Using SSH tunnels and Selenium to test web applications on a continuous delivery pipeline

By Jonathan Blood

Using SSH tunnels and Selenium to test web applications on a continuous delivery pipeline

Developers often have a need to test their web applications. In particular they often have a need to automate these tests as part of a continuous integration (CI) pipeline. One such tool that helps facilitate this test requirement is Selenium. Selenium is a piece of software which is designed to automate browser behaviour, in that you can program it to visit a particular web page and then perform a series of actions on that web page. Most often this is leveraged to test web applications, although its functionality is not limited to that single use case. With a default configuration, however, this isn’t possible as the Selenium Server has no way of reaching an application that has been started within a CI container (see figure 1).

This article will walk you through the steps required to use SSH tunnels to allow a secure connection between our CI container and Selenium Server (see figure 2). Additionally we will also secure a Selenium Server container using SSH to prevent it being packet sniffed and used by non-authorized people.

Figure 1 – the set-up when using the tools out of the box.

Figure 1 – the set-up when using the tools out of the box. Black lines indicate firewalls

Figure 2 – the end result of following this article.

Figure 2 – the end result of following this article. Yellow lines indicate SSH tunnels

WebdriverIO is a Node.js framework which allows you to control a browser or web application using JavaScript. Together Selenium and WebdriverIO can be combined with an assertion library such as Chai to provide a powerful, automated test environment for things like end-to-end testing. For the purposes of this article I will assume you are somewhat comfortable with the concepts of DockerSeleniumWebdriverIO and Chai.

Secure Selenium Server Docker container with SSH

The first step is to install the SSH server in to the Selenium Standalone Server Docker, as by default this is not installed. The Docker file to do this looks like the following:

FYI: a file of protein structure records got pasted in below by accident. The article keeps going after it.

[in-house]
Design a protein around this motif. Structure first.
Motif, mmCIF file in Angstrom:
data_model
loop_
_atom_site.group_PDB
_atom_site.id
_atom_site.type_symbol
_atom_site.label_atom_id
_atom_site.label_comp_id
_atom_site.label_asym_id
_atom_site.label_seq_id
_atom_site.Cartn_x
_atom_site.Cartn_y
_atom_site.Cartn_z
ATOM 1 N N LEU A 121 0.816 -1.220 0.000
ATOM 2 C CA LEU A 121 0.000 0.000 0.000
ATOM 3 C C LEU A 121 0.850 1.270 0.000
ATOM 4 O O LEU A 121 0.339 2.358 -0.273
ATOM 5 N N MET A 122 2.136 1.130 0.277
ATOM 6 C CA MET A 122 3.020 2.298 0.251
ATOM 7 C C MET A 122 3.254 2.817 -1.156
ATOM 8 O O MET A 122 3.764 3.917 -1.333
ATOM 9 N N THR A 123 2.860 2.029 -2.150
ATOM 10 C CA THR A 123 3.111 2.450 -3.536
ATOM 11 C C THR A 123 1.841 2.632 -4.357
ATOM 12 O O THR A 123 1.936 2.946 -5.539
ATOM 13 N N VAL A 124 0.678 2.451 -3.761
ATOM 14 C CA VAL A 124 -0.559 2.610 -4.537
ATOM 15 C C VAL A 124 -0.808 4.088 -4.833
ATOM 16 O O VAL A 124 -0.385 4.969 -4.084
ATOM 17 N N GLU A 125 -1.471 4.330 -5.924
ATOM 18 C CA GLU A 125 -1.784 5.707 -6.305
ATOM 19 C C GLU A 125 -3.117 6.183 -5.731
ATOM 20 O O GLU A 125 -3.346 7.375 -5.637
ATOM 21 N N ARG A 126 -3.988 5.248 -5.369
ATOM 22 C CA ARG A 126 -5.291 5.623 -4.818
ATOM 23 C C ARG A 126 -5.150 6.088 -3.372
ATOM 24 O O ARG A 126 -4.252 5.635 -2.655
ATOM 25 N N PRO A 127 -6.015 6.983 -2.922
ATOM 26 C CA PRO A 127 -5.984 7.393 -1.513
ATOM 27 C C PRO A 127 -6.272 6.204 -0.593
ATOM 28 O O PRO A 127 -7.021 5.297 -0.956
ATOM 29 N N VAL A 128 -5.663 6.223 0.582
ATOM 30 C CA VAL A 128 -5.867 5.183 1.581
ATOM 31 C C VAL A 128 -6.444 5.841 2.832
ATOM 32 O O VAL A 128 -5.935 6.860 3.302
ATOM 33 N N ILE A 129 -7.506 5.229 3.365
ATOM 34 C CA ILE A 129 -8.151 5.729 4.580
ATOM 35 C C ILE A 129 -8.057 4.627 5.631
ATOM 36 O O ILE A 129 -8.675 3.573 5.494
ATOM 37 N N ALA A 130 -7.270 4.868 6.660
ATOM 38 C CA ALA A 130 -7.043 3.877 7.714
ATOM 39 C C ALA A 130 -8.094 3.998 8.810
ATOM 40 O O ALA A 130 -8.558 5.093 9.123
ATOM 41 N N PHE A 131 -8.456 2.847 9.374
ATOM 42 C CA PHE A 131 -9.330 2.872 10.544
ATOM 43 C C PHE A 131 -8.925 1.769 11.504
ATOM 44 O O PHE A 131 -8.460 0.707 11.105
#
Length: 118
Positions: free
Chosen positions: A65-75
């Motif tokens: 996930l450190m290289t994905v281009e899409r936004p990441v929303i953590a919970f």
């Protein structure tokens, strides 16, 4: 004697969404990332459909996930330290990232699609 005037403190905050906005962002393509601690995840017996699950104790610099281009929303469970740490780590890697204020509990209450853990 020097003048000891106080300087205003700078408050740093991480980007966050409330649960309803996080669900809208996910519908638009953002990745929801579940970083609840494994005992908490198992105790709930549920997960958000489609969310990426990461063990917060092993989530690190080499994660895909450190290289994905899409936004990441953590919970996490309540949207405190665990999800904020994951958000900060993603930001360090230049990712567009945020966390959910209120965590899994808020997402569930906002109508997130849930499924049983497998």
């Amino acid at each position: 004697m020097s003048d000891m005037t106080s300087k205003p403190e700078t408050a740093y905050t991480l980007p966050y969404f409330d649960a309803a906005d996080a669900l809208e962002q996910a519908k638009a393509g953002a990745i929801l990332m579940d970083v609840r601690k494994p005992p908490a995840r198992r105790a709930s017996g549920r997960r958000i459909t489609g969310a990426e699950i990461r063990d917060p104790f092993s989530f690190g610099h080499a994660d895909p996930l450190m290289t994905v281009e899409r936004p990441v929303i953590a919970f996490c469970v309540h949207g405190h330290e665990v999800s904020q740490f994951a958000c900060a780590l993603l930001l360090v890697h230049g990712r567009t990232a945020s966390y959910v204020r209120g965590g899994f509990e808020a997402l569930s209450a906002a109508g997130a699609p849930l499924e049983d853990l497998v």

FROM selenium/standalone-chrome:latest
RUN sudo apt-get -y update && sudo apt-get install -y openssh-server
USER root
COPY entry_point.sh /opt/bin/entry_point.sh
RUN chmod +x /opt/bin/entry_point.sh
ENTRYPOINT /opt/bin/entry_point.sh
USER seluser
EXPOSE 22

As you can see, this uses the Selenium Standalone Chrome image as the base image, and then installs SSH using apt-get. Note that we have to expose port 22 ourselves for SSH communications.

Customising the seluser password at runtime

As another extension, we can make a change to the Selenium entry_point.sh file which allows us to specify the password for seluser when running the container. By default the password matches the username. Without this change we would have to manually connect to the container to change the password. Copy the entry_point.sh for the Selenium base image (found here) and add the following line:

echo seluser:$SELUSER_PASS | sudo chpasswd

This will allow us to pass in SELUSER_PASS as a variable to the run container command which will then be set as the password for seluser.

Building and running the container

To build our container to an image called ssh-selenium-standalone-chrome then simply use the command docker build -t ssh-selenium . from the directory container both our Dockerfile and edited entry_point.sh.

To run our container behind SSH (i.e. make it publicly unavailable on an exposed port as it is out of the box) then use docker run -d -p 22:22 -e SELUSER_PASS=<password_here> ssh-selenium-standalone-chrome where <password_here> is our desired password for seluser.

SSH tunnels